Grown-ups cry too. It’s alright. Seriously, it’s fine. Let’s get that out of the way, because if you sit through this with dry eyes, something is very wrong indeed.
By now, Pixar’s deceptive reputation is truly established. Its bright animations bring in the children, but really they’re aiming at you – right where your innocence used to be.
Pixar has taken a few years to steady itself after the emotional turmoil of Toy Story 3. Here, it’s back on form, spearheaded by Pete Doctor, the guy responsible for Up. He has renewed resolve, not to mention fresh ways of dancing all over your feelings.
Inside Out is the coming-of-age story of Riley, a little girl whose life is derailed by a home move. The Pixar twist? This all takes place from the perspective of her emotions, which must work with – and against – each other.
Joy’s responsibility is laughter. Disgust keeps a wary eye on broccoli. Anger, naturally, is master of tantrums. Together they push Riley’s buttons, although they struggle to understand the purpose of Sadness.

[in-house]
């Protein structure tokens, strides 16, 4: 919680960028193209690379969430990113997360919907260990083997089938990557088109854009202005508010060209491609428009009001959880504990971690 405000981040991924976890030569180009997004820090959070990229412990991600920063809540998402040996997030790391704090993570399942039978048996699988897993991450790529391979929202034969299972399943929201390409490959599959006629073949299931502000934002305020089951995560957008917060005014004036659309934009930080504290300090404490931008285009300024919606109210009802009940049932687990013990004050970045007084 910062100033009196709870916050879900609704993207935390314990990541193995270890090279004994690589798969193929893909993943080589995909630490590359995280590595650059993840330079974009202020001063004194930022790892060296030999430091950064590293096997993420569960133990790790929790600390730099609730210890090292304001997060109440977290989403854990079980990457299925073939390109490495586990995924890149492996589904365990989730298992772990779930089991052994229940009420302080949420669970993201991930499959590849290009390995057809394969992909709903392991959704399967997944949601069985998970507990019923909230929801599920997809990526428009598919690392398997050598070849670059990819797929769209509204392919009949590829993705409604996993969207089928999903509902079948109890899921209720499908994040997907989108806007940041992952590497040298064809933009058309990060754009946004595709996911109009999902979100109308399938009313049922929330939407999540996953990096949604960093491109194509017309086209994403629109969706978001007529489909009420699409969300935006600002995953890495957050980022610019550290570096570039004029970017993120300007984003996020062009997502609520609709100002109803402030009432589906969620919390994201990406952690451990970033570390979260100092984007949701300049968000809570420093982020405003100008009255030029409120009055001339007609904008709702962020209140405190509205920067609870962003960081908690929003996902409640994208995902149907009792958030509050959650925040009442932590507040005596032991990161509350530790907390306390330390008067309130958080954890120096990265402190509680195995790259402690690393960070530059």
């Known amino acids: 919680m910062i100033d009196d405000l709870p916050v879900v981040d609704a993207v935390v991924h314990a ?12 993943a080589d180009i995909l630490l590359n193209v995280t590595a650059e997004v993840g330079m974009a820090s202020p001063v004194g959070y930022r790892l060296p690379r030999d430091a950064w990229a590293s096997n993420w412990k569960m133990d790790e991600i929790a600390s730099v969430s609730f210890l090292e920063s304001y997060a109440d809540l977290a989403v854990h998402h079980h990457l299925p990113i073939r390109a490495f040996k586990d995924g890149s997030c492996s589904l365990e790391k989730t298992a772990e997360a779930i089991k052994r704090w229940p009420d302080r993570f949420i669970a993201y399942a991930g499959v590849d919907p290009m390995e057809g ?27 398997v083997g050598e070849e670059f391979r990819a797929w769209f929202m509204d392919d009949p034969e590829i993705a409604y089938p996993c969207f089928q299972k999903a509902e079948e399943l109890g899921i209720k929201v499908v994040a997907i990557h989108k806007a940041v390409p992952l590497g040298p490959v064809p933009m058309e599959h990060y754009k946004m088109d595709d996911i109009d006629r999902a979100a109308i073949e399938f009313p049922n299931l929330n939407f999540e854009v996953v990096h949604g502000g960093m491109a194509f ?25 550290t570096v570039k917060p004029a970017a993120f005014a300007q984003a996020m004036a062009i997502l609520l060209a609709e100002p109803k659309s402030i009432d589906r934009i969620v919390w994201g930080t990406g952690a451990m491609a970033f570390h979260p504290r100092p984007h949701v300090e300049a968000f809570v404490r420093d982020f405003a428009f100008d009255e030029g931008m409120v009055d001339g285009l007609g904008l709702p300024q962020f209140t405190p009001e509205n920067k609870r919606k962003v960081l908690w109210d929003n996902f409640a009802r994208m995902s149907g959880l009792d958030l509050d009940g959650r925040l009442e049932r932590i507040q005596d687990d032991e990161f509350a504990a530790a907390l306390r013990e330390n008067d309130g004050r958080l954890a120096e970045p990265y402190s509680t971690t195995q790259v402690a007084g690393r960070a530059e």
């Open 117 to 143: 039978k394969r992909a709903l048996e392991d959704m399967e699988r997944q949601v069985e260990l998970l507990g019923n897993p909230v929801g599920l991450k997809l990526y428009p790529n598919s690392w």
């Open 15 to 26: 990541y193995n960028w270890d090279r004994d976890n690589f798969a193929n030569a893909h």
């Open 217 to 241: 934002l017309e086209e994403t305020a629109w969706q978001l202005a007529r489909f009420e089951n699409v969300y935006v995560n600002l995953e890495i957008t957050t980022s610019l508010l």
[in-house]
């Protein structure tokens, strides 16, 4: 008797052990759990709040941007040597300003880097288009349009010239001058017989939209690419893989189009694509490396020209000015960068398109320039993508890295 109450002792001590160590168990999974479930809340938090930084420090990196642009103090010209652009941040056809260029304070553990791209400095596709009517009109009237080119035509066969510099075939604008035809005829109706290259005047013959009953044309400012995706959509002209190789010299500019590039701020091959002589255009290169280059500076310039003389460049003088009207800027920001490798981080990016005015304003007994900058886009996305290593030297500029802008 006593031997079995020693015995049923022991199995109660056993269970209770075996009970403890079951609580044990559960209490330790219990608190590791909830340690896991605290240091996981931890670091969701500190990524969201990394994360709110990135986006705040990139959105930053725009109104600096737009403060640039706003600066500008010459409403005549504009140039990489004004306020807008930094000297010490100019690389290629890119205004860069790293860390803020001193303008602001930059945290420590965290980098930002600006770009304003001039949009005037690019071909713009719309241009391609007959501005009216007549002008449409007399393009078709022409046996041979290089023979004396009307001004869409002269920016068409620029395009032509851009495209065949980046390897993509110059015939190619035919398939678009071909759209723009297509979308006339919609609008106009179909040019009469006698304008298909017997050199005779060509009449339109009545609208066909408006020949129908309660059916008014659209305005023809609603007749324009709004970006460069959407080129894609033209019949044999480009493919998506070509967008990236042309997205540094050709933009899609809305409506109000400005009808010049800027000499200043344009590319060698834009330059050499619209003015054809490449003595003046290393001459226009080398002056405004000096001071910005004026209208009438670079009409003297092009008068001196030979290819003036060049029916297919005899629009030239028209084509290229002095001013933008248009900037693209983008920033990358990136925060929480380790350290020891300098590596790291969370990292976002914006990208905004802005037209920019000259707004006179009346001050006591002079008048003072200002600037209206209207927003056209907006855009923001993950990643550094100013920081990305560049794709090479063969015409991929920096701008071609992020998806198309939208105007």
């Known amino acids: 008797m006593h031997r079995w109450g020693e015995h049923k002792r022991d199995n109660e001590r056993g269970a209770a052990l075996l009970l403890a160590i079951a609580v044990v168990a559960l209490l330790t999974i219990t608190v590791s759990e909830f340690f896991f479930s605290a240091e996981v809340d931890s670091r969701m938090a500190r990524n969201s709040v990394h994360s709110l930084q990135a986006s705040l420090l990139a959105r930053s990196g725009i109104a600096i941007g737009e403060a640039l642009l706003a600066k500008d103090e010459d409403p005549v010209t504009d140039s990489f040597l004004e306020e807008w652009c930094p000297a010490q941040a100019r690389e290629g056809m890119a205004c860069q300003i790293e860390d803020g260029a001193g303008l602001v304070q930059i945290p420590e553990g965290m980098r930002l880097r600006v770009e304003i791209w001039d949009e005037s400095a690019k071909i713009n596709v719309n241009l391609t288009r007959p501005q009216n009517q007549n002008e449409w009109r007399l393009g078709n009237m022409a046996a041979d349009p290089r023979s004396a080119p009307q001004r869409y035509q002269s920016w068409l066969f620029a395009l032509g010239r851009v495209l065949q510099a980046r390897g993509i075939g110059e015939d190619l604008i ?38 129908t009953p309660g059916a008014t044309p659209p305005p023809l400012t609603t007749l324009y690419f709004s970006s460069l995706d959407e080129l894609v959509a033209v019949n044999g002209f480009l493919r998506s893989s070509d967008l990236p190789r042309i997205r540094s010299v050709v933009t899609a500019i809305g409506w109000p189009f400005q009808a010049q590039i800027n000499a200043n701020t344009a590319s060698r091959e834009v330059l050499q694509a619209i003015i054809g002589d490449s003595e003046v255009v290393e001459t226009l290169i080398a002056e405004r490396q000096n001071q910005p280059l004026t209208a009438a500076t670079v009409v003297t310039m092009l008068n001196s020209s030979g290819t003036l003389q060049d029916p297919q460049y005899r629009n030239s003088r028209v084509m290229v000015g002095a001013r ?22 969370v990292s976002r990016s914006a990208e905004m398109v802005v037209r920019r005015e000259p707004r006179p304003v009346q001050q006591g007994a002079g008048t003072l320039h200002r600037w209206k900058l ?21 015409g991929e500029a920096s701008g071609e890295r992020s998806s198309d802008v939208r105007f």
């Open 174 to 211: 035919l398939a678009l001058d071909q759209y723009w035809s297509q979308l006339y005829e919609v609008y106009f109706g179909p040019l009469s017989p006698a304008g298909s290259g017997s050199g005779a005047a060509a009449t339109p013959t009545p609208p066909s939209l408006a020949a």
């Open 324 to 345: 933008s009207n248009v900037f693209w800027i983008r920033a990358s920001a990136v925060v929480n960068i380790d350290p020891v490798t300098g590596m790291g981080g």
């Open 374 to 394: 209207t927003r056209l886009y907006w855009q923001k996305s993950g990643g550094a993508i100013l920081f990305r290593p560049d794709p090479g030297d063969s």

It is a brilliantly realised concept, one of blazing originality – and it only gets more layered as Riley enters her pre-teens.
A land of subconscious fears, a factory of abstract notions and a library of personality-defining memories: this is a profound gaze into the human condition.
To what end? To illustrate the emotional upheavals of growing up, and to remind you of all that is lost in the process.
Pixar is more ruthless than ever, unashamedly strumming on your heartstrings. The tear-jerking opening of Up was merely practice, it seems.
Is all this a bit much for the kids? Not necessarily. The younger ones may not get the various psychological references but this is, at all times, a sensory treat.
The human mind is beautifully imagined and brought to life with candy-coloured animation. The disc transfer is superb, as we would expect from Disney/Pixar, with rich shades and clean lines.
There is less happening on the audio front than on some other Disney titles, but it is a great mix. Dialogue, of which there is plenty, is clear and well balanced. The sound effects you do get are textured and pronounced. Then there’s the simple, piano-led score, which is afforded plenty of weight and dynamism.
Inside Out is not just one of Pixar’s best, it is one of this year’s most innovative and impactful films. There’s really nothing like it – just ready your shirt sleeves.
- Riley’s First Date?
- Paths to Pixar: The Women of Inside Out
- Mixed Emotions
- Sneak Peeks